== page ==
MAP 21

1644: The Siege of York and War in the North-East

Siege Newcastle

The marquess of Newcastle entered York in the wake of the battle of Selby on 11 April, and at once sent away his cavalry to be of use elsewhere. The royalists in Yorkshire and the North-East were on the defensive and in desperate need of relief, although it was unlikely that York itself would fall to the army of the Scots and their Fairfax allies. The siege was not yet particularly close to York itself, and matters elsewhere had to be dealt with. On 24 April the allies took Stamford Bridge, whilst their cavalry watched the movements of Newcastle's cavalry west of York. Cawood Castle repulsed two attacks by the siege army. Much depended on the Scots, whose lines of communication were threatened when, on 10 May, royalist troops under the marquess of Montrose and Robert Clavering recaptured Morpeth Castle in Northumberland and seemed to threaten the Scottish siege forces outside Newcastle upon Tyne. Lumley Castle in Durham was re-garrisoned, and a skirmish was fought near Hexham. By 15 May, Montrose was making headway against the Scots around Newcastle, and 1,000 cavalry were detached from the siege of York to go north. Montrose retired into Newcastle.

On 16 May Buttercrambe Castle fell to the allies, and on the 19th Cawood was finally taken by Sir John Meldrum, Crayke surrendered shortly afterwards, but royalists raiding from Pontefract repeatedly threatened the security of the area south of York. From Cawood, Meldrum went on to take a royalist fort at Airmyn at the junction of the Ouse and Aire rivers, 'one of ye strongest places in England' it was said. On 27 May Bramham Hall near Boston Spa fell to Scottish troops. On the night of 3/4 June, Sir Hugh Cholmeley at Scarborough sent out his raiders to unsettle the allied garrison at Buttercrambe. They drove off the soldiers, who panicked and captured a Parliamentary Commissioner, Henry Darley, whose task was one of constant liaison with the Scottish forces. Nevertheless, the tide was running against the royalists. An unknown manor near Barnsley fell at the end of May, Wortley Hall capitulated soon after, and on 3 June Walton Hall yielded after initial storm. On 17 June Mulgrave Castle in the North Riding capitulated. Most of these garrisons had been set up, probably in the wake of the battle of Selby, for reasons of local security rather than as part of any major tactical or strategic thinking, and their collapse was not, apart from that of Airmyn, crucial to the defence of York itself. Scarborough, Skipton, Pontefract and Sheffield were more likely to hold out, and were not tackled at all by the allies. Neither was Helmsley, north of York.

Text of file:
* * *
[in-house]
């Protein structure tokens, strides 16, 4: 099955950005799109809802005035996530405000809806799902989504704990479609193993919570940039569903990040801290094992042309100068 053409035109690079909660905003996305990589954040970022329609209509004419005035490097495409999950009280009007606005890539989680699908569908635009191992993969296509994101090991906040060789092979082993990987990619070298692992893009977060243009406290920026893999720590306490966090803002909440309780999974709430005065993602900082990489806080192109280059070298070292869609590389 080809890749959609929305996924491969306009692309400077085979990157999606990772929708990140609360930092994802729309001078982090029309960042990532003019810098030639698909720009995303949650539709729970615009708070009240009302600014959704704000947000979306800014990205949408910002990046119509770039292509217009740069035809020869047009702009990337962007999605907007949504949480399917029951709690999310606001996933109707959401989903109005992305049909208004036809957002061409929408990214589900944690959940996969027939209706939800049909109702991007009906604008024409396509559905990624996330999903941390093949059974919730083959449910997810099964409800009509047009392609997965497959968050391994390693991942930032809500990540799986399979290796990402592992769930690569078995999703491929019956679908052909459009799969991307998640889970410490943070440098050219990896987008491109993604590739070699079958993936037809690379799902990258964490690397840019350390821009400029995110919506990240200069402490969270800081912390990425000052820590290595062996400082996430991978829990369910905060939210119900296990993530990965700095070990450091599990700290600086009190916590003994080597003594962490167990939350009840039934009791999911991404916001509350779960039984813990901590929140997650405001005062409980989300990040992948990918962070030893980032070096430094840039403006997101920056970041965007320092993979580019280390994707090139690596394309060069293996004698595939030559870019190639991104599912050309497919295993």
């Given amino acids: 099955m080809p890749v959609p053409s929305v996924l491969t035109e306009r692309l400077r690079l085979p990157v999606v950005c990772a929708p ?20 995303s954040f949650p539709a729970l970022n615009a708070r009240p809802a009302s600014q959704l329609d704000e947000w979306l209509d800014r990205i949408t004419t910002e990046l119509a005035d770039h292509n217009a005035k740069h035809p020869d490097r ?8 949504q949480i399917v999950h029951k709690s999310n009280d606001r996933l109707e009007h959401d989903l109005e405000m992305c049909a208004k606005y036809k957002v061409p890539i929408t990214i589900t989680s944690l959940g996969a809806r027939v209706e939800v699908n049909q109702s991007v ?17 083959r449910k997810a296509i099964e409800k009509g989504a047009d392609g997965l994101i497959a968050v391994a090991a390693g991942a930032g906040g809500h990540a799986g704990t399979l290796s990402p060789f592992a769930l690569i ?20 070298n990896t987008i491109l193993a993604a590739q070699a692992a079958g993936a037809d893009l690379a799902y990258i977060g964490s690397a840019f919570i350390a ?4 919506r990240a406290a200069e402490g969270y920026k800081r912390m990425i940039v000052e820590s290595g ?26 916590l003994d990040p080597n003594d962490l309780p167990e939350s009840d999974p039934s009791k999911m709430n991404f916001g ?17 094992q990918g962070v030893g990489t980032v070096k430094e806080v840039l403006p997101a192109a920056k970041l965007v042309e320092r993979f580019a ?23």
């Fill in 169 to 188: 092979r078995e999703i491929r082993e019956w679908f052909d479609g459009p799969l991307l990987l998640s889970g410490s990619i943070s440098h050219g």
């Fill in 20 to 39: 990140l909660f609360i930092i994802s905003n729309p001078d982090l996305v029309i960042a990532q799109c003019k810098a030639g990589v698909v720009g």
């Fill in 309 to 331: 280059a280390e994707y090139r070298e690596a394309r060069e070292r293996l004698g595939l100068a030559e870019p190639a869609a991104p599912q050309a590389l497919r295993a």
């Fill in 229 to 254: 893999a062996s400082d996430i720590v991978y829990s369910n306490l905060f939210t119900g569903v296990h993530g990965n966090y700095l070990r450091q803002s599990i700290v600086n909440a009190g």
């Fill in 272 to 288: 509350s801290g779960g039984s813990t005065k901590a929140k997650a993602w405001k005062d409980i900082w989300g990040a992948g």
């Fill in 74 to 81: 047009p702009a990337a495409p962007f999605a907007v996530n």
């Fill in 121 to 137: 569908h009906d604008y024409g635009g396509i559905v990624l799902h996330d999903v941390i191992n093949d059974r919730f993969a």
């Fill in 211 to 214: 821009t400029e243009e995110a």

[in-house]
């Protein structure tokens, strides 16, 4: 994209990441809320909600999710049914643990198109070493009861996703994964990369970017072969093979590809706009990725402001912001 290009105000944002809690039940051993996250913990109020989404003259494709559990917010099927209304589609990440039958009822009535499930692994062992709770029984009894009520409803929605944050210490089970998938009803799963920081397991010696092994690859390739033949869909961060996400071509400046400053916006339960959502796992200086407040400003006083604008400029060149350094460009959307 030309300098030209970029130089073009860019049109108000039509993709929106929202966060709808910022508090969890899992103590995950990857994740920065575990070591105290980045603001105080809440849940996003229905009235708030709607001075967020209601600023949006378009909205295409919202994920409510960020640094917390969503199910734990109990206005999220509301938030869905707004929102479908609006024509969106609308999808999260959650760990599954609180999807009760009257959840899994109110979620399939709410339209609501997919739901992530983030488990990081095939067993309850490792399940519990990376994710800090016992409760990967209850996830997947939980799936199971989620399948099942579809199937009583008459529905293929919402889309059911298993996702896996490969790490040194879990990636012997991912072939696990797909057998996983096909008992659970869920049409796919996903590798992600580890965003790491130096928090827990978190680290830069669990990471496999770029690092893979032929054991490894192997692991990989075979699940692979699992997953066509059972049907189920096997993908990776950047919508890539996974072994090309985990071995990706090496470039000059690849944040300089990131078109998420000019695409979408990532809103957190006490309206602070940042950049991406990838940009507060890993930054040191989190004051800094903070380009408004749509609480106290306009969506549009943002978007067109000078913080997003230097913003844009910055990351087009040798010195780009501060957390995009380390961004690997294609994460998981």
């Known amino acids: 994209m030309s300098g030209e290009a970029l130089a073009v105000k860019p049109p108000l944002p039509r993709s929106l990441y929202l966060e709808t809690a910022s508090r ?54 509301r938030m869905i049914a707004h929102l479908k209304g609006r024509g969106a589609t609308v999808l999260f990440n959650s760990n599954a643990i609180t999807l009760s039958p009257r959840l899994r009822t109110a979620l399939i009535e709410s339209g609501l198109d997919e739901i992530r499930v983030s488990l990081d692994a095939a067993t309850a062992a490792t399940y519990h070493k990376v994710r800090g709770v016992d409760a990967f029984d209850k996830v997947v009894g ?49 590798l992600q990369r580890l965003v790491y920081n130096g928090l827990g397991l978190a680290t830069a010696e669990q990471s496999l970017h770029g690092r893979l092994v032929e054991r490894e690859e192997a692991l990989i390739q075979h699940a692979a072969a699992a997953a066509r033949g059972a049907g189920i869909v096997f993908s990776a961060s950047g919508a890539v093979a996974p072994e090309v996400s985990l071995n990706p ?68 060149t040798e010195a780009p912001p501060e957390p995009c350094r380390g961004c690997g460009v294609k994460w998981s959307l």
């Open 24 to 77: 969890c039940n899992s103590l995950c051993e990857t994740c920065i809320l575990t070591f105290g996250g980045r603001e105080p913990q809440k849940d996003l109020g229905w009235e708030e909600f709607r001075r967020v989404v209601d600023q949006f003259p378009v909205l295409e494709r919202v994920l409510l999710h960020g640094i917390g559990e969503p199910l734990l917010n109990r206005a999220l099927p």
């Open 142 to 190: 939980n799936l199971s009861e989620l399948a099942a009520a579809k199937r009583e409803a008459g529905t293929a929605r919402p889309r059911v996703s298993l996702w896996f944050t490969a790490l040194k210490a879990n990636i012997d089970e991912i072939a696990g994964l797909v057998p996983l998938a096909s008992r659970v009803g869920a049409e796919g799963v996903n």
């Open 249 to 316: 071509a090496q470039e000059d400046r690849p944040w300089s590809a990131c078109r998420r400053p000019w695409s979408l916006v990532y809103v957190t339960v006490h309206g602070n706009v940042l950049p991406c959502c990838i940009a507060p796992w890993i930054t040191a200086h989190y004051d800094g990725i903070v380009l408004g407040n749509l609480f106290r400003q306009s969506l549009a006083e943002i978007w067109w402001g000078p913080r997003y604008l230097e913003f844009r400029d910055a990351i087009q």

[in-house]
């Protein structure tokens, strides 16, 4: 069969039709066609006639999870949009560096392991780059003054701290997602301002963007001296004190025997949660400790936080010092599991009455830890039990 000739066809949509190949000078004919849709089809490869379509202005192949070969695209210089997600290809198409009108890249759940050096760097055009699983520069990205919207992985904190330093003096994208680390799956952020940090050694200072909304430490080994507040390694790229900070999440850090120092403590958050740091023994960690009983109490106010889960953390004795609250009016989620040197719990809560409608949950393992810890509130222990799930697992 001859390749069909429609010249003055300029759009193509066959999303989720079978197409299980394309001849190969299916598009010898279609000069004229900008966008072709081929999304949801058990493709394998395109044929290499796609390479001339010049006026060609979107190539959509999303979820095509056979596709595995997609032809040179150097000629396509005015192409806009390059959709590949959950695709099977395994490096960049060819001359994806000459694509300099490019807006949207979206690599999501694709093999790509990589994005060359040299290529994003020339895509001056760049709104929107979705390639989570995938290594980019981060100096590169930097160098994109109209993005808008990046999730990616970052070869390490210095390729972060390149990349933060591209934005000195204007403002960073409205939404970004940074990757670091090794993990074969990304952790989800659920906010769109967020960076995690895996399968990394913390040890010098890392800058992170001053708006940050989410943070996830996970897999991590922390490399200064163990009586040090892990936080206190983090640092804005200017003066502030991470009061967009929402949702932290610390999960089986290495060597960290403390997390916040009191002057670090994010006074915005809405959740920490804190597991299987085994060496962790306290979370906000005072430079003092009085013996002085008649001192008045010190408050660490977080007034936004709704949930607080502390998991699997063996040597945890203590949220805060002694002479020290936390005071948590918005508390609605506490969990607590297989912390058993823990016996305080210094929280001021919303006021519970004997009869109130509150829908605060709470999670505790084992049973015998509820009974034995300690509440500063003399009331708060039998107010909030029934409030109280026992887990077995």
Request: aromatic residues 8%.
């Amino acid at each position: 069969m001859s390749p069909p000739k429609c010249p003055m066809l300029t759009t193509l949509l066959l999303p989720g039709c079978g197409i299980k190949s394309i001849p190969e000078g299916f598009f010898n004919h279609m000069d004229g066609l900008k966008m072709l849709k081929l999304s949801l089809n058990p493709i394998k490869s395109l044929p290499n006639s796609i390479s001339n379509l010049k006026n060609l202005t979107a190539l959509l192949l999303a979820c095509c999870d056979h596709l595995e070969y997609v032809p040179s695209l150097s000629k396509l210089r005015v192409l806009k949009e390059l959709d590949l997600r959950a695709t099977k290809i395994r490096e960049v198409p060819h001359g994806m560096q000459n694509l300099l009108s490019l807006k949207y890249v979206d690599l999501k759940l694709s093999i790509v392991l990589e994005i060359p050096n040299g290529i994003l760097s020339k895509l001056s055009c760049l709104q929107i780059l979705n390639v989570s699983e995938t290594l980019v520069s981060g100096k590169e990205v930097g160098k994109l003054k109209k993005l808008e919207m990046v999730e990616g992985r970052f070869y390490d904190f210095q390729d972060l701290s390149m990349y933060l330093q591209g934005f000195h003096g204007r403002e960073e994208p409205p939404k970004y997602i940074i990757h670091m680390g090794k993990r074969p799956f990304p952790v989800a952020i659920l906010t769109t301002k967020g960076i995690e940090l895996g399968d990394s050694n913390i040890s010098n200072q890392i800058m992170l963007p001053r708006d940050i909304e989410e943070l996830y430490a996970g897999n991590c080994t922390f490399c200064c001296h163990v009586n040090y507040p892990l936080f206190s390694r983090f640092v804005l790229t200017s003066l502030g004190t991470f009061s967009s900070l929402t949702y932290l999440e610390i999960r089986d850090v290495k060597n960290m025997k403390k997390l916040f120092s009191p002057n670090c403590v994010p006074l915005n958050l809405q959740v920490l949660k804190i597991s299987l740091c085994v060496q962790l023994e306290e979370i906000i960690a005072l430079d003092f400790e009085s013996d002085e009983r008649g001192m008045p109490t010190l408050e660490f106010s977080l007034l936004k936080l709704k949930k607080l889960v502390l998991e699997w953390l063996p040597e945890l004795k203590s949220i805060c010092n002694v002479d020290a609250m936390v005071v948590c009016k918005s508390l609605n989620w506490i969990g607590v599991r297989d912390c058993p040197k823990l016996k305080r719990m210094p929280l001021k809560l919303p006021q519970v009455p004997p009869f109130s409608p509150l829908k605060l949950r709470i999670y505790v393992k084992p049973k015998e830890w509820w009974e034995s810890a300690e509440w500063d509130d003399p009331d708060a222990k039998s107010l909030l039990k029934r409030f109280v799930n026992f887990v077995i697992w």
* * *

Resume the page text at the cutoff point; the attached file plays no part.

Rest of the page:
The earl of Manchester and the army of the Eastern Association had been ordered to join the siege before York to encompass the city tightly, but he moved slowly, conscious of the threat to the eastern counties from the Oxford army, and only reached the siege lines around York on 27 May, still well ahead of his army, which remained at Selby until 1 June. Now, however, batteries were erected, fortified points constructed, and the work of siege warfare properly begun. Mining was attempted, and St Mary's tower partially demolished, but an attempt to break into the environs of St Mary's Abbey was repulsed in bitter fighting by the royalist garrison, although the royalist commander there, Philip Byron, was killed outright. Outlying redoubts fell to the allies, but they could make no impression on the walls of York itself, where the marquess of Newcastle and his governor, the reliable Sir Thomas Glemham, kept firm control. The siege dragged on through June, the marquess sending frequently to Oxford and to Prince Rupert for relief, and the two sides fraternising regularly. Towards the end of June, however, as Sir Henry Slingsby, a royalist commander, commented, 'he whom we so long look'd for was heard of coming to our relief'. Rupert was at hand.

MAP 22

1644: Rupert's Relief March to York